Bargains galore were to be had at an auction of some of the most famous pieces from Switzerland's national exhibition, Expo.02.This content was published on November 18, 2002 - 20:41
The floating Jura Arteplage has been snapped up for a knock-down price, but the sale of the Monolith has been put on hold after the only offer was considered too low by the owner.
A German entrepreneur, Rolf Oberle, was the only bidder for the huge, rusting monolith, one of the most talked about pieces of the Expo at Murten.
One of the few people showing an interest, he offered SFr400,000, well below the asking price of SFr2.2 million.
The owner - a construction company in canton St Gallen - along with Expo's management and the auctioneer have frozen the sale and given all interested parties until next Monday to submit new bids.
"The price is not what we expected," said Stephan Rausch, Expo project leader for Nüssli Special Events, who vetoed the sale. "It's much too low, and we won't sell the Monolith for that price."
Billed by auctioneers as the "identifying mark of Expo.02", the Monolith is described as a "swimming construction consisting of 100 concrete floats".
What the entrepreneur will do with the floating 34 metre square cube if he gets to buy it is not yet known. Oberle said it could even stay in Switzerland.
But nobody expect to see the Monolith back on the water, as the German businessman believes it would cost far too much since only the superstructure is being sold.
Oberle said he was interested in the giant cube as a work of art, and said it could become modern wine cellar with a restaurant, or be put some other commercial use.
The Hergiswil glassworks in canton Nidwald, which had shown an interest in the Monolith, did not send a representative to the auction. The company is waiting for all necessary building permits before making a bid.
The Jura Arteplage, a boat and the only mobile lakeside platform at the Expo, was bought for SFr160,000 by the organisers of the Montreux Jazz Festival.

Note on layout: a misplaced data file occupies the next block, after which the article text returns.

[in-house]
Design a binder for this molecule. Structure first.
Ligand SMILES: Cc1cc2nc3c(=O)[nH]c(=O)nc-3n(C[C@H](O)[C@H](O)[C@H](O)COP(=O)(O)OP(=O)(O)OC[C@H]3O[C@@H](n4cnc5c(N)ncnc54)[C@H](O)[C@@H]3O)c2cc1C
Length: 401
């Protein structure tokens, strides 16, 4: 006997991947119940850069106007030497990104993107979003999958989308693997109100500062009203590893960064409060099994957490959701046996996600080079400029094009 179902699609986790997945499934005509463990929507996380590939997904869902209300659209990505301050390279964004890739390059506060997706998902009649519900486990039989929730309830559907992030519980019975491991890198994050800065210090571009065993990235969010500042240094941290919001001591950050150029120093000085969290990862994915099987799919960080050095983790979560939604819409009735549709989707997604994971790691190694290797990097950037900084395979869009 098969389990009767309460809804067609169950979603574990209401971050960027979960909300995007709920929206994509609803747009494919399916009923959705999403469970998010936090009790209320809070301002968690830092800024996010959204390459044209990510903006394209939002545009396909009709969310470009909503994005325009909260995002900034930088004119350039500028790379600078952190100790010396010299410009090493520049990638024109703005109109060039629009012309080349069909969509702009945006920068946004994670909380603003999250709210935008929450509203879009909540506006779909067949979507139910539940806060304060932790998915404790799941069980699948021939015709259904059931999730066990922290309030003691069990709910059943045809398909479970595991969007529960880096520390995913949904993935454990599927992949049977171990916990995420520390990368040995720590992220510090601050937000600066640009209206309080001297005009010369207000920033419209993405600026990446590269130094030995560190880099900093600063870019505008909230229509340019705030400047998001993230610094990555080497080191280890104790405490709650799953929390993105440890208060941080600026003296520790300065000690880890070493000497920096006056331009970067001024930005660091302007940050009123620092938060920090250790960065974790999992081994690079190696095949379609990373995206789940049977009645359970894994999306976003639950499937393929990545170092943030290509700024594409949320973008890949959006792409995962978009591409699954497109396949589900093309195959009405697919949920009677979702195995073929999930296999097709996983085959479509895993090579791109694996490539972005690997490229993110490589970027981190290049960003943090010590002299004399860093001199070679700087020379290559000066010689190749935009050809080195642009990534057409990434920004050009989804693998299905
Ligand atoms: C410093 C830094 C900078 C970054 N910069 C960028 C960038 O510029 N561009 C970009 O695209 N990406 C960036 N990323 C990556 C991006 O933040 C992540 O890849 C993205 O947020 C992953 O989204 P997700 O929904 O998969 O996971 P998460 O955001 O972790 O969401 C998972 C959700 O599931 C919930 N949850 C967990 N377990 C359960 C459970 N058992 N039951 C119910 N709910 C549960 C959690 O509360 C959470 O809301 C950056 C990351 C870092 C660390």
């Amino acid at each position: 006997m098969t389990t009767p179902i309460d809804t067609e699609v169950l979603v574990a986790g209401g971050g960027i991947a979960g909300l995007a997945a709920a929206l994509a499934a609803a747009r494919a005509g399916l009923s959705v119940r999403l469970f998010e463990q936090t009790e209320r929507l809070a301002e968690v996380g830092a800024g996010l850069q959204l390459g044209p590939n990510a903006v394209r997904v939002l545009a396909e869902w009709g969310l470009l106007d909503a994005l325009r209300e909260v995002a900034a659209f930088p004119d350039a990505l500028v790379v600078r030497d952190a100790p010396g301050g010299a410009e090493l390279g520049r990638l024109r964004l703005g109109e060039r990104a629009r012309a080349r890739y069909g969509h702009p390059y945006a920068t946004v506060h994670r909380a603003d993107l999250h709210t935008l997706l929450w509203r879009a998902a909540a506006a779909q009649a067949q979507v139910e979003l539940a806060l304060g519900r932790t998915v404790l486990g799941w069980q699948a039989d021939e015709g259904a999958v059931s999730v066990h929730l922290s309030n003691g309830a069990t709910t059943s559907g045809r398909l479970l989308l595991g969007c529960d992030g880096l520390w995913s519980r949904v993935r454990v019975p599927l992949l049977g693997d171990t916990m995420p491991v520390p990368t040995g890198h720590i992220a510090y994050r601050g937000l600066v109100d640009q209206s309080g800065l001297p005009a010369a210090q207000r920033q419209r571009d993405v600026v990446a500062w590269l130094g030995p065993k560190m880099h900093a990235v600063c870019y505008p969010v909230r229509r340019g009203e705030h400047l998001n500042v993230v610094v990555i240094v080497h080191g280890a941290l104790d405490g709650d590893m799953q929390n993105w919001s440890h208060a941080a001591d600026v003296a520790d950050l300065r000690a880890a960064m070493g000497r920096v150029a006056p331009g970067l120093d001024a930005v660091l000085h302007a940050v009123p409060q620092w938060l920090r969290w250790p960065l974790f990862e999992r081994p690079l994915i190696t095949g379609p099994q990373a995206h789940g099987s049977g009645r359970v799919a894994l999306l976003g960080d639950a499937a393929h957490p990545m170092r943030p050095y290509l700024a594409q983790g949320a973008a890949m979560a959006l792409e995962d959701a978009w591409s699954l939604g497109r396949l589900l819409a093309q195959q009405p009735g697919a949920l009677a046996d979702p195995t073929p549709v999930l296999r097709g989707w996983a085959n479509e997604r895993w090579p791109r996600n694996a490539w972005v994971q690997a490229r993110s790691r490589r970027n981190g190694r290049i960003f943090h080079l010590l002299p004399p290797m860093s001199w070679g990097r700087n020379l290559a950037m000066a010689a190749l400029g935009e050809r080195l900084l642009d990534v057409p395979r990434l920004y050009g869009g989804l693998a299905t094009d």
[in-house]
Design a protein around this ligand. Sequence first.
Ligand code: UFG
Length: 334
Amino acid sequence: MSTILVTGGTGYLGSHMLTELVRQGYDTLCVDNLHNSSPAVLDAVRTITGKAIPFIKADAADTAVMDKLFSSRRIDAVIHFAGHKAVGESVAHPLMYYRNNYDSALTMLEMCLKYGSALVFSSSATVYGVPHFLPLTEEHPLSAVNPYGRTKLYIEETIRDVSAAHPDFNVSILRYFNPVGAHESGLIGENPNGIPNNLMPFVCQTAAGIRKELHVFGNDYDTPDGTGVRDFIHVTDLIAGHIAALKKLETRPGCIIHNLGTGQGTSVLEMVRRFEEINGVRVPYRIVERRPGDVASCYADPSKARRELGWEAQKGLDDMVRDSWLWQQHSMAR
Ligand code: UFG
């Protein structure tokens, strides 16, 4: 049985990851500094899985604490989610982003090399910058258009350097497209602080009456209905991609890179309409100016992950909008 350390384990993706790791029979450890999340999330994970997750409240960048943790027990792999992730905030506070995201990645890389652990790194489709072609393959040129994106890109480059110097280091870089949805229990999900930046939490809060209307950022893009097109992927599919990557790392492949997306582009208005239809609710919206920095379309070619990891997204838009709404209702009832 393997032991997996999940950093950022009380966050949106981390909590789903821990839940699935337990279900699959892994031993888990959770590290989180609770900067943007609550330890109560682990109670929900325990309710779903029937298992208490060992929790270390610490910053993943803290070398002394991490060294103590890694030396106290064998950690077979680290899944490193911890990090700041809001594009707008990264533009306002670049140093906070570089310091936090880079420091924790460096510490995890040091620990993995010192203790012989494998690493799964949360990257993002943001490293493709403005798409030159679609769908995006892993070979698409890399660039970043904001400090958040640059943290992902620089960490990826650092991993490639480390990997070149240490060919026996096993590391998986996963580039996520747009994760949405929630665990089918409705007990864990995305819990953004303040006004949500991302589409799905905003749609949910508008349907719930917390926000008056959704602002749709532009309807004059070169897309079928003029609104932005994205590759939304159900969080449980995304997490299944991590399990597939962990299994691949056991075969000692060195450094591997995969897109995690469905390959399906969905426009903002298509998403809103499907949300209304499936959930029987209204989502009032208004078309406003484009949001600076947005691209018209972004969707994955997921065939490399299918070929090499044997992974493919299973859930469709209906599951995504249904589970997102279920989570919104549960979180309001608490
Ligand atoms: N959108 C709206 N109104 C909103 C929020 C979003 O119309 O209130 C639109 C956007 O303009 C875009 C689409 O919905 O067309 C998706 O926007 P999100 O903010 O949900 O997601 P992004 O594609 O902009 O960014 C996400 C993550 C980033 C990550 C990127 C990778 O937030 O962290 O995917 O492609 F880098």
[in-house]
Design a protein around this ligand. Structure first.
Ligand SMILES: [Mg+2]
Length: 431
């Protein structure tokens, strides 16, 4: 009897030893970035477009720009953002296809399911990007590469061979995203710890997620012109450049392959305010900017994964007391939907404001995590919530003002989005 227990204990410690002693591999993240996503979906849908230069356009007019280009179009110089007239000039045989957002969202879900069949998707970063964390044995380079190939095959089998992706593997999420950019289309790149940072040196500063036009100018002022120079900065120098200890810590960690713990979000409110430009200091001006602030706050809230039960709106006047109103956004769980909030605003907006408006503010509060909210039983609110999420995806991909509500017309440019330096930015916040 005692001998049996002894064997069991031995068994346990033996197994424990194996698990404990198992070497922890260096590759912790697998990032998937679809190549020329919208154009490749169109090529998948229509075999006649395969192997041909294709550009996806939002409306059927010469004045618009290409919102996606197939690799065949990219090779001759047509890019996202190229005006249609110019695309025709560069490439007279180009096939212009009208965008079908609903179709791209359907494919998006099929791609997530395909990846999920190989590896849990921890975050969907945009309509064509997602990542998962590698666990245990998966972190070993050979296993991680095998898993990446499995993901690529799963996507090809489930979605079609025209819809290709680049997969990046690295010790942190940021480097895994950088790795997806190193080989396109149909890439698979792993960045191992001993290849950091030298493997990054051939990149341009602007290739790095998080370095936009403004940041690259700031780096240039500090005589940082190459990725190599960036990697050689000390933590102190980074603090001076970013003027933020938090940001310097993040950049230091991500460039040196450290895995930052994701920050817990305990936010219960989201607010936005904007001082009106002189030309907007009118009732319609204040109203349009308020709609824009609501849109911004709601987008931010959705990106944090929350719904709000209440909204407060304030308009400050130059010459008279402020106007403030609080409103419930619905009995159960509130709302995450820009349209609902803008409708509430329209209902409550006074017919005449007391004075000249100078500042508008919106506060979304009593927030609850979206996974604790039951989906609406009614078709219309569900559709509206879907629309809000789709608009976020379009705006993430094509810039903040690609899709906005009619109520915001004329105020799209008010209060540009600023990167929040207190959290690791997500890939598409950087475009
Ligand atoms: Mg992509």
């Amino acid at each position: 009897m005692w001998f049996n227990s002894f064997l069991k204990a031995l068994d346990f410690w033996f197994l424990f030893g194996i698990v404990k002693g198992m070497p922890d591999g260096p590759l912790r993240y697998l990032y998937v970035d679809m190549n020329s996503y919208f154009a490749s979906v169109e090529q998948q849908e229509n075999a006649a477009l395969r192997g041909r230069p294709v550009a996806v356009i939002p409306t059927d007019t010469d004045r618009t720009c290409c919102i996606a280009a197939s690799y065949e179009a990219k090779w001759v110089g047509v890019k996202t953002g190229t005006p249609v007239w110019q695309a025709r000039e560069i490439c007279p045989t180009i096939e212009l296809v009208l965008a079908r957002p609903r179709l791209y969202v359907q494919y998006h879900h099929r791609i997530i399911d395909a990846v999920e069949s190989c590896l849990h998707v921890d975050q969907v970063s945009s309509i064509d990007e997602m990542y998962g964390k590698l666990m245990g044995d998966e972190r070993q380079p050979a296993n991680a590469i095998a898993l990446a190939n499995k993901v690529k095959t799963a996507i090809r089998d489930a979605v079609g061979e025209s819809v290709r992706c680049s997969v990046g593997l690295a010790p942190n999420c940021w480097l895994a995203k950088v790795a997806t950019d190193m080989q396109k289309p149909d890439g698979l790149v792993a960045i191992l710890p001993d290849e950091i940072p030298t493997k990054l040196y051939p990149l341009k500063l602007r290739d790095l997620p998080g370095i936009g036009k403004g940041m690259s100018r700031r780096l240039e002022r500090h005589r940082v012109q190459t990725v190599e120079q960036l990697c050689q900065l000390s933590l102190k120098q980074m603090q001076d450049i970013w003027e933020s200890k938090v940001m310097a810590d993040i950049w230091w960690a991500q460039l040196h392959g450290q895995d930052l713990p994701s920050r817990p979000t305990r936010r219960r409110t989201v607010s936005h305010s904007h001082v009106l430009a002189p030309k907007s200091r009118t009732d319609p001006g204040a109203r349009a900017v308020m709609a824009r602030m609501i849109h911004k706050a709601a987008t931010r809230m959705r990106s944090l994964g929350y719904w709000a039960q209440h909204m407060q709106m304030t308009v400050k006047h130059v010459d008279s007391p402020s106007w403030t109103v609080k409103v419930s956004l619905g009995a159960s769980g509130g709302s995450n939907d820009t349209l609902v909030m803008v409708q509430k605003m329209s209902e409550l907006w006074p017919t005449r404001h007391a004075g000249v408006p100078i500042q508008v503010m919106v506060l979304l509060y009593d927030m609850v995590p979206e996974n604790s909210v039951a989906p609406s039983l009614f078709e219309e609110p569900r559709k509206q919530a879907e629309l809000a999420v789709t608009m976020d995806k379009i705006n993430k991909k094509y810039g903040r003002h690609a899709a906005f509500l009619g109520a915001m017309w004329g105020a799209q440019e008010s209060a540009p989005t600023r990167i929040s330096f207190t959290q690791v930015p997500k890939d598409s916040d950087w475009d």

Nicola di Pinto, the infrastructure director at the festival, was delighted with his bargain - the Arteplage had originally cost SFr3.6 million to build.
As there were no takers at the SFr1 million starting price, the auctioneer had to start the bidding at SFr100,000.
"It was done in quite a spontaneous way, we had fixed ourselves a limit of SFr200,000," said di Pinto, who also bought dustbins and ventilators at the sale.
He was congratulated by Jura Arteplage director, Juri Steiner, who wished him lots of pleasure with the exhibit.
Around 700 people gathered for Monday's auction in Biel with another 100 participating over the Internet.
The two-day event saw around 30,000 objects - from teepee tents to a rusting monolith - go under the auctioneer's hammer.
The auction came just under a month after Expo.02 closed its doors to the public for the last time on October 20 following a five-month run.
Expo organisers had commissioned the liquidation company, Used Market, together with auctioneer house, Troostwijk, to carry out the sell-off.
Monday's sale follows on from a highly successful first day, attended by more than 2,000 people, which raised SFr150,000.
"We are very satisfied with this result," said Expo spokesman, Marcel Marti. "It's much more than we had banked on."
The most expensive item to be auctioned off on Sunday was a photocopier, which was sold for SFr1,800.
Some of the most popular and practical items to have been snapped up include telephones, computers, printers and a variety of office furniture.
Three solar-powered boats, used to ferry Expo visitors to and from the monolith, have also been up for auction and are described as being in "excellent condition". They have so far failed to attract any interest though.
Other quirky objects featured in the auction catalogue - all with only one previous owner - include shopping trolleys, slot machines, conveyor belts, ice-cream machines and "impregnating units".
Anyone looking for a novel way of getting from A to B could have placed a bid for any one of a number of fire-fighting vehicles, fork-lift trucks and road repair vehicles.
An assortment of X-ray machines and dental equipment, meanwhile, was not likely to be of interest to the casual souvenir hunter.
Lovers of the great outdoors were much more likely to be forming an orderly queue to get their hands on no less than 5,000 sleeping bags, a variety of trees and top-of-the-range lawn mowers.
A selection of portable steel units with built-in toilets and urinals were also on offer as part of the auction.
Switzerland's national exhibition, Expo.02, came to the end of its five-month run on October 20.
Around 30,000 objects went under the hammer at the two-day auction in the city of Biel.
Items on offer included tables, chairs, ice-cream makers, solar-powered boats and a giant rusty cube.
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